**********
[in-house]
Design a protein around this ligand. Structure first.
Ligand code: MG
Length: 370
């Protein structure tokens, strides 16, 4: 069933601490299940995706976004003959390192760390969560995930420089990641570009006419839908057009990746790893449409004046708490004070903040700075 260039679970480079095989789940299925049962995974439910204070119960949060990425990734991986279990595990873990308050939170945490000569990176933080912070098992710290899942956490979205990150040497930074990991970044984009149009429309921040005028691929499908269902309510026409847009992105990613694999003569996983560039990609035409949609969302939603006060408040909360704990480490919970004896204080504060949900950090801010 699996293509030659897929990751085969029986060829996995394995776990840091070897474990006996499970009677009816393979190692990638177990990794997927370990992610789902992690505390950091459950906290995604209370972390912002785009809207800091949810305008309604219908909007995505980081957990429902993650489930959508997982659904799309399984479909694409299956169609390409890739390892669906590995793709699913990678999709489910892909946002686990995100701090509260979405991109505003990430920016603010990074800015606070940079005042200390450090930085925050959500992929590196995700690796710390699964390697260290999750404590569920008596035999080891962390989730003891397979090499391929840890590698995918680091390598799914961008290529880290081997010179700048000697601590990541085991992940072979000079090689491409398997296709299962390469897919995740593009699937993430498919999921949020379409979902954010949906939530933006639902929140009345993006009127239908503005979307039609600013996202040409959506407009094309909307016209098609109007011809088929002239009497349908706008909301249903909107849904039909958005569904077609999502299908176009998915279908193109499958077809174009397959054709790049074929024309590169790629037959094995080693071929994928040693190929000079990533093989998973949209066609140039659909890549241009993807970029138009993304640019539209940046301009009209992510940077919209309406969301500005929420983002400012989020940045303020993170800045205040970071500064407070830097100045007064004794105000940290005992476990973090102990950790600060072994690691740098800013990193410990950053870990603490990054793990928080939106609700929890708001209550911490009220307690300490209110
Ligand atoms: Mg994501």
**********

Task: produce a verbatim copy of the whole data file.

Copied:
[in-house]
Design a protein around this ligand. Structure first.
Ligand code: MG
Length: 370
């Protein structure tokens, strides 16, 4: 069933601490299940995706976004003959390192760390969560995930420089990641570009006419839908057009990746790893449409004046708490004070903040700075 260039679970480079095989789940299925049962995974439910204070119960949060990425990734991986279990595990873990308050939170945490000569990176933080912070098992710290899942956490979205990150040497930074990991970044984009149009429309921040005028691929499908269902309510026409847009992105990613694999003569996983560039990609035409949609969302939603006060408040909360704990480490919970004896204080504060949900950090801010 699996293509030659897929990751085969029986060829996995394995776990840091070897474990006996499970009677009816393979190692990638177990990794997927370990992610789902992690505390950091459950906290995604209370972390912002785009809207800091949810305008309604219908909007995505980081957990429902993650489930959508997982659904799309399984479909694409299956169609390409890739390892669906590995793709699913990678999709489910892909946002686990995100701090509260979405991109505003990430920016603010990074800015606070940079005042200390450090930085925050959500992929590196995700690796710390699964390697260290999750404590569920008596035999080891962390989730003891397979090499391929840890590698995918680091390598799914961008290529880290081997010179700048000697601590990541085991992940072979000079090689491409398997296709299962390469897919995740593009699937993430498919999921949020379409979902954010949906939530933006639902929140009345993006009127239908503005979307039609600013996202040409959506407009094309909307016209098609109007011809088929002239009497349908706008909301249903909107849904039909958005569904077609999502299908176009998915279908193109499958077809174009397959054709790049074929024309590169790629037959094995080693071929994928040693190929000079990533093989998973949209066609140039659909890549241009993807970029138009993304640019539209940046301009009209992510940077919209309406969301500005929420983002400012989020940045303020993170800045205040970071500064407070830097100045007064004794105000940290005992476990973090102990950790600060072994690691740098800013990193410990950053870990603490990054793990928080939106609700929890708001209550911490009220307690300490209110
Ligand atoms: Mg994501």